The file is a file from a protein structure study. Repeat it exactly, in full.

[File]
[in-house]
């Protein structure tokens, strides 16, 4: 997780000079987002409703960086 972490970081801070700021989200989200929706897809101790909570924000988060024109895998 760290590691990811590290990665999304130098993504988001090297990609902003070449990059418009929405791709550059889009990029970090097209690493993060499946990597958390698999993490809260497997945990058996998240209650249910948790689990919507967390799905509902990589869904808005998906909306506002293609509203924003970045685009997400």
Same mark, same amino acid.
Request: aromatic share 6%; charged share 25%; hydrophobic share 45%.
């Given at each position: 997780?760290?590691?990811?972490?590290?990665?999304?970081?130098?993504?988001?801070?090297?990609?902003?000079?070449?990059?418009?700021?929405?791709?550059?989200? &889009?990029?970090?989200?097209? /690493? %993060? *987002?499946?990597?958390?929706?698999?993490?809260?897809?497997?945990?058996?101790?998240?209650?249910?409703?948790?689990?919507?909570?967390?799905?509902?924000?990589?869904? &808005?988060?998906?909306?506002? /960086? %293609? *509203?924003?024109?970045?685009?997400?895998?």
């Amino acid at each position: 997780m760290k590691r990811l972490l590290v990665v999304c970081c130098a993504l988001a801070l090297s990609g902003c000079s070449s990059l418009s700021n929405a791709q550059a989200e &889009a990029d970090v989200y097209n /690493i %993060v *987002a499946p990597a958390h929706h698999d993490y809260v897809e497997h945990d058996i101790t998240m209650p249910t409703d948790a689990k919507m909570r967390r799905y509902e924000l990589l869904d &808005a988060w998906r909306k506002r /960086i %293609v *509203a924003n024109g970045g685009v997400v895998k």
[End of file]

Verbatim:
[in-house]
């Protein structure tokens, strides 16, 4: 997780000079987002409703960086 972490970081801070700021989200989200929706897809101790909570924000988060024109895998 760290590691990811590290990665999304130098993504988001090297990609902003070449990059418009929405791709550059889009990029970090097209690493993060499946990597958390698999993490809260497997945990058996998240209650249910948790689990919507967390799905509902990589869904808005998906909306506002293609509203924003970045685009997400």
Same mark, same amino acid.
Request: aromatic share 6%; charged share 25%; hydrophobic share 45%.
């Given at each position: 997780?760290?590691?990811?972490?590290?990665?999304?970081?130098?993504?988001?801070?090297?990609?902003?000079?070449?990059?418009?700021?929405?791709?550059?989200? &889009?990029?970090?989200?097209? /690493? %993060? *987002?499946?990597?958390?929706?698999?993490?809260?897809?497997?945990?058996?101790?998240?209650?249910?409703?948790?689990?919507?909570?967390?799905?509902?924000?990589?869904? &808005?988060?998906?909306?506002? /960086? %293609? *509203?924003?024109?970045?685009?997400?895998?």
């Amino acid at each position: 997780m760290k590691r990811l972490l590290v990665v999304c970081c130098a993504l988001a801070l090297s990609g902003c000079s070449s990059l418009s700021n929405a791709q550059a989200e &889009a990029d970090v989200y097209n /690493i %993060v *987002a499946p990597a958390h929706h698999d993490y809260v897809e497997h945990d058996i101790t998240m209650p249910t409703d948790a689990k919507m909570r967390r799905y509902e924000l990589l869904d &808005a988060w998906r909306k506002r /960086i %293609v *509203a924003n024109g970045g685009v997400v895998k």